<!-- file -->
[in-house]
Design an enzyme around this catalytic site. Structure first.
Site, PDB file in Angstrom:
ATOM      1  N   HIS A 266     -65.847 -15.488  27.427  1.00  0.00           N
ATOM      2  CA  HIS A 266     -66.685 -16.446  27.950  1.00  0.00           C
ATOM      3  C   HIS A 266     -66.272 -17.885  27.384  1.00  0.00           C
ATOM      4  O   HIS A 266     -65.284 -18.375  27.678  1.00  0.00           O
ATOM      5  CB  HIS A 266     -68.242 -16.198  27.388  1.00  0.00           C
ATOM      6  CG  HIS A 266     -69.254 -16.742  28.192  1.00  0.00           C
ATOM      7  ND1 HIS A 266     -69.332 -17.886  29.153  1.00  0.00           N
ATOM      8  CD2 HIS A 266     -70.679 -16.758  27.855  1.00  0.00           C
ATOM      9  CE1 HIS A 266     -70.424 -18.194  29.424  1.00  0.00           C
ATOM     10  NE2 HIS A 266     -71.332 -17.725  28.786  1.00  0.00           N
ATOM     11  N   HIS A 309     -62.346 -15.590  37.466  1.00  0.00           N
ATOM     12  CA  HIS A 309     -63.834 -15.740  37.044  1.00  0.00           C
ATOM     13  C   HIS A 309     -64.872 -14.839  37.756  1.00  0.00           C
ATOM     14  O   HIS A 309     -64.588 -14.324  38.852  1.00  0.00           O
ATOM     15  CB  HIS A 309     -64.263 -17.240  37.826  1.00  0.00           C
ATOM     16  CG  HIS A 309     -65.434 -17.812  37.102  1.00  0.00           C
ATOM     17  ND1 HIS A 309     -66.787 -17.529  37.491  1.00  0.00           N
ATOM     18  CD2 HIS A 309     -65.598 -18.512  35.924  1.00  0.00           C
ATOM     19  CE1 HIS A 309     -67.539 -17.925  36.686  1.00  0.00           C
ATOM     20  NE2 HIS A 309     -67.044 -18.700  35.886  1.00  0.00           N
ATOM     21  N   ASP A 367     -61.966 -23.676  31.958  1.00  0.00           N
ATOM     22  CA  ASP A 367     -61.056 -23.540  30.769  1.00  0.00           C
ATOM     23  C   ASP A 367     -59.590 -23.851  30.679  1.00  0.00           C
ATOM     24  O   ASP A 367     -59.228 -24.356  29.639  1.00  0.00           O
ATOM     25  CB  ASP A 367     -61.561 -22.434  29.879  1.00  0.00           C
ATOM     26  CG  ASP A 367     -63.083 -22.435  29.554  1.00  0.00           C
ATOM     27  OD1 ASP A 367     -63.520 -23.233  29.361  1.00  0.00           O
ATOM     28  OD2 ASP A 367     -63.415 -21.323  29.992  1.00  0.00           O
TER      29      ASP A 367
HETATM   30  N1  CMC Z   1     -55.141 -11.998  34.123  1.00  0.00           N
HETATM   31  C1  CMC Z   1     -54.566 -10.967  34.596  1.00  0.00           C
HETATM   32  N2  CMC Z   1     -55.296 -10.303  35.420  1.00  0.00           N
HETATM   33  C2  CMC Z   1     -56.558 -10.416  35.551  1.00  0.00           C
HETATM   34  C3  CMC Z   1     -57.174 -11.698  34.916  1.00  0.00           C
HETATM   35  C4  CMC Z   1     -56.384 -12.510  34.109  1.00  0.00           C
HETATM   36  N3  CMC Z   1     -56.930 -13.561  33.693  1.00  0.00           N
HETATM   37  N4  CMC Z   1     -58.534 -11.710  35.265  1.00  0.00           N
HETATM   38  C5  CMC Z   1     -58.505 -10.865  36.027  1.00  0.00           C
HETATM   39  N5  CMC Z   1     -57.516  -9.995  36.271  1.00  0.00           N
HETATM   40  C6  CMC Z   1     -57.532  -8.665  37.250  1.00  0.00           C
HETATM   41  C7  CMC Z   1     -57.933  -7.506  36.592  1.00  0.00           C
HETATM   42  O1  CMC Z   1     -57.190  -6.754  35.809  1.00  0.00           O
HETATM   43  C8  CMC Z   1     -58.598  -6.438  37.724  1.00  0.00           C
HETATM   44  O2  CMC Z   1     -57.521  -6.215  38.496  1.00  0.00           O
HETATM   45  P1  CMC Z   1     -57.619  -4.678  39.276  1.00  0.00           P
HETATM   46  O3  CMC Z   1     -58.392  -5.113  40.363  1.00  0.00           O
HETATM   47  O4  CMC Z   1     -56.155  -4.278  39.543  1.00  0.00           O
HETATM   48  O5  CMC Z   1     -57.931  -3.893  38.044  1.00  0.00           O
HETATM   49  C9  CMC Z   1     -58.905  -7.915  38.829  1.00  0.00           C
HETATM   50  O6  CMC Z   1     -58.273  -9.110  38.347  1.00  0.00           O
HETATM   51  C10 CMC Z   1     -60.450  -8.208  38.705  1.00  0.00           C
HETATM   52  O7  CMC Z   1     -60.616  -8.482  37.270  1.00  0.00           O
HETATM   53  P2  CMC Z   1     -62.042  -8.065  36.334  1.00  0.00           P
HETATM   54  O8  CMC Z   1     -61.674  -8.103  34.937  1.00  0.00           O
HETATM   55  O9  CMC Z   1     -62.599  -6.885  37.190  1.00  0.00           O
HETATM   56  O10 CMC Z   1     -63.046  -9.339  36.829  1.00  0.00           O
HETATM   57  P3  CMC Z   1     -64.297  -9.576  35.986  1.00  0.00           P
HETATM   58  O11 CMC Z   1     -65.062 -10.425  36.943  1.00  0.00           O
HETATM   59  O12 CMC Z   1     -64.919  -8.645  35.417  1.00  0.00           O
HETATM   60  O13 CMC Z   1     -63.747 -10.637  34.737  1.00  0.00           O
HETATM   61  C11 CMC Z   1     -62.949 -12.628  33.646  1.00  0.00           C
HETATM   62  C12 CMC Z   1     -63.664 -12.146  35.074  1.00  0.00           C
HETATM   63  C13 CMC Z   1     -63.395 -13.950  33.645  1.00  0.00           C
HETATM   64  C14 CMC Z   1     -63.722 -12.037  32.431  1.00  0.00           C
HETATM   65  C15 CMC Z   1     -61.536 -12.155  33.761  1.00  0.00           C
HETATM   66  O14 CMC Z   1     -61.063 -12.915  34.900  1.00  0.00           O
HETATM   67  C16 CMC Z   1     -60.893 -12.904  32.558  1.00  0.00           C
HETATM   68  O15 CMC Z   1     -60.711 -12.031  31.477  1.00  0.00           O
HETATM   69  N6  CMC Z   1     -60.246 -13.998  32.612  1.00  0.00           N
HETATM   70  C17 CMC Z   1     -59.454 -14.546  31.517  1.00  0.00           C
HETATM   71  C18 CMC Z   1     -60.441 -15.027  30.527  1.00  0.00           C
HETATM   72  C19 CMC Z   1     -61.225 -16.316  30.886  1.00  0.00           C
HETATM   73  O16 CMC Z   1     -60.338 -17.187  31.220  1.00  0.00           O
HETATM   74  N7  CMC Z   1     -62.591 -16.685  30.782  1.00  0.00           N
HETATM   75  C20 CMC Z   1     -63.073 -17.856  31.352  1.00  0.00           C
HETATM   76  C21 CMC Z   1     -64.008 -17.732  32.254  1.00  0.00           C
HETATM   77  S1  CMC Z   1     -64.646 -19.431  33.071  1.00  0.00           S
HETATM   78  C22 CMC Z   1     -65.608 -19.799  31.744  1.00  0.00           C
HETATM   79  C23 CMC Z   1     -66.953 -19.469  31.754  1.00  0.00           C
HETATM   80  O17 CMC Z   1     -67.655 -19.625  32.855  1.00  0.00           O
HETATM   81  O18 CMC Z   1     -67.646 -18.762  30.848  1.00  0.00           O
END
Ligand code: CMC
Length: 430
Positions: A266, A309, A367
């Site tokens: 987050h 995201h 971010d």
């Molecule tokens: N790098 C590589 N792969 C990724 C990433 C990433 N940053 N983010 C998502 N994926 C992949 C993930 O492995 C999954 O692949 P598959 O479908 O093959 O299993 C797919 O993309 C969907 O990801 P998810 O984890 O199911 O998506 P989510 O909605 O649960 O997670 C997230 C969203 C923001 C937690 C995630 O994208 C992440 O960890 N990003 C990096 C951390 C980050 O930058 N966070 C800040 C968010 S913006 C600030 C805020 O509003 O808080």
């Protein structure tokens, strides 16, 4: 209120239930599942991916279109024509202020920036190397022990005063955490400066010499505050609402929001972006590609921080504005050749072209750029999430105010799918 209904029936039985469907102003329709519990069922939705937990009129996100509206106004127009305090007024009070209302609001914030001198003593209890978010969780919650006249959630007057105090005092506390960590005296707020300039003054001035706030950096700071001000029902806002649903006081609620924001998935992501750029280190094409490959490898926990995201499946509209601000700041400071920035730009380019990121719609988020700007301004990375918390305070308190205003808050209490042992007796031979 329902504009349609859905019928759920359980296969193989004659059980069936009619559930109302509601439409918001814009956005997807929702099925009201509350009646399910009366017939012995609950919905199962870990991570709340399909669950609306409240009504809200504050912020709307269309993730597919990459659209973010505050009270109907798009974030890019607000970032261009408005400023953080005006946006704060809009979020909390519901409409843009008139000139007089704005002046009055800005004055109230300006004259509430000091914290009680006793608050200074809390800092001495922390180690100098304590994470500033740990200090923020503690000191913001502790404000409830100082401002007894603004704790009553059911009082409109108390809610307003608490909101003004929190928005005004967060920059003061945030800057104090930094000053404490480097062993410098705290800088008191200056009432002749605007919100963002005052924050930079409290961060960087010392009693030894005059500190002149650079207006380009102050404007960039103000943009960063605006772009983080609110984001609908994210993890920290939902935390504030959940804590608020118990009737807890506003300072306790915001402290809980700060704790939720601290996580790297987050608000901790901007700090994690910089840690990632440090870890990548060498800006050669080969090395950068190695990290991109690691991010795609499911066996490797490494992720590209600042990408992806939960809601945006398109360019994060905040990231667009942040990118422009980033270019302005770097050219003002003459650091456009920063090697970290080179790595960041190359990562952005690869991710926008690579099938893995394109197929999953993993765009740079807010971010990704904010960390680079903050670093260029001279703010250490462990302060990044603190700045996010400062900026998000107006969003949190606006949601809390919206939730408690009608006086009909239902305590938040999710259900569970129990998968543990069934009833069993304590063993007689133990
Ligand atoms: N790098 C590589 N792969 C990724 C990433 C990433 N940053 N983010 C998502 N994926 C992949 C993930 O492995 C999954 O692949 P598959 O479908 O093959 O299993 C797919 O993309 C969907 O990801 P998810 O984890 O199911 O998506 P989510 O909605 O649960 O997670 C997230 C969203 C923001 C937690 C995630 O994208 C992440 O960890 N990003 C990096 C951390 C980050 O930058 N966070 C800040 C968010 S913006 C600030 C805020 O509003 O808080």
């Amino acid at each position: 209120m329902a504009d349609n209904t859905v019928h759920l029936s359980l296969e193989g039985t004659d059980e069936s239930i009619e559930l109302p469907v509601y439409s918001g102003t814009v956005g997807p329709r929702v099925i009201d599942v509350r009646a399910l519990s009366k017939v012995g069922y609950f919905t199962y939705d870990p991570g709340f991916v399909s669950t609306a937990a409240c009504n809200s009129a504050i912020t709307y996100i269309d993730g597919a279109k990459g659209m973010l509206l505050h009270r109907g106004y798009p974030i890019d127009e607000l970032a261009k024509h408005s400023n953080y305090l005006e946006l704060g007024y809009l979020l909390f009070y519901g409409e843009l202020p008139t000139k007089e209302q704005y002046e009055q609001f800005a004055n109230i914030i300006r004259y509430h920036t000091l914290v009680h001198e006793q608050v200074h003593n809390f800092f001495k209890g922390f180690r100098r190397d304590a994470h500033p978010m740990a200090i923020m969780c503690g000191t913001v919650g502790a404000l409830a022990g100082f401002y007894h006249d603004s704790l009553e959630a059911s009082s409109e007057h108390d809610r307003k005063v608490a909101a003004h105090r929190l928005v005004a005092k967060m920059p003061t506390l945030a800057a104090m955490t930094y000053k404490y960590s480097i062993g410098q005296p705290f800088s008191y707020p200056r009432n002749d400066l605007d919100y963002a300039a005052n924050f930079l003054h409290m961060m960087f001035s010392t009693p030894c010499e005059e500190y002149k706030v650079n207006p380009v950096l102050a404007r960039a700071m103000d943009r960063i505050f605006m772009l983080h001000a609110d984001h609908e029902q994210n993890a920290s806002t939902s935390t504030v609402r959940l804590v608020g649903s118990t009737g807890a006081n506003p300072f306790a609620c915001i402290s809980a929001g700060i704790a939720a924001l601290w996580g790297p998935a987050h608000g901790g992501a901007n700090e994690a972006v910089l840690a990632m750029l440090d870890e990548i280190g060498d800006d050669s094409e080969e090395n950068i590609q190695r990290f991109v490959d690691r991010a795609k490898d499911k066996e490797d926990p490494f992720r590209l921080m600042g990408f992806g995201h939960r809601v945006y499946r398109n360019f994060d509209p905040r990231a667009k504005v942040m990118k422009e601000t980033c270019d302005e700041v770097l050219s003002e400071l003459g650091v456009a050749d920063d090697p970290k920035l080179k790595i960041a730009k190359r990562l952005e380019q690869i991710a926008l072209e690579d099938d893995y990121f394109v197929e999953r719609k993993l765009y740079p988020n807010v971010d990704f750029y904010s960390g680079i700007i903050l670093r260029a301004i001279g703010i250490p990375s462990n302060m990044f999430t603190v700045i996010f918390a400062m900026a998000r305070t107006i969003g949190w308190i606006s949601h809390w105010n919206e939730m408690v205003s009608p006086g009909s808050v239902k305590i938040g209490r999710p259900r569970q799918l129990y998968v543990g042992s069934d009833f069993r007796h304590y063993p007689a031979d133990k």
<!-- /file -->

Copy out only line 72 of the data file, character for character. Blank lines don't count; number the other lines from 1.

HETATM   69  N6  CMC Z   1     -60.246 -13.998  32.612  1.00  0.00           N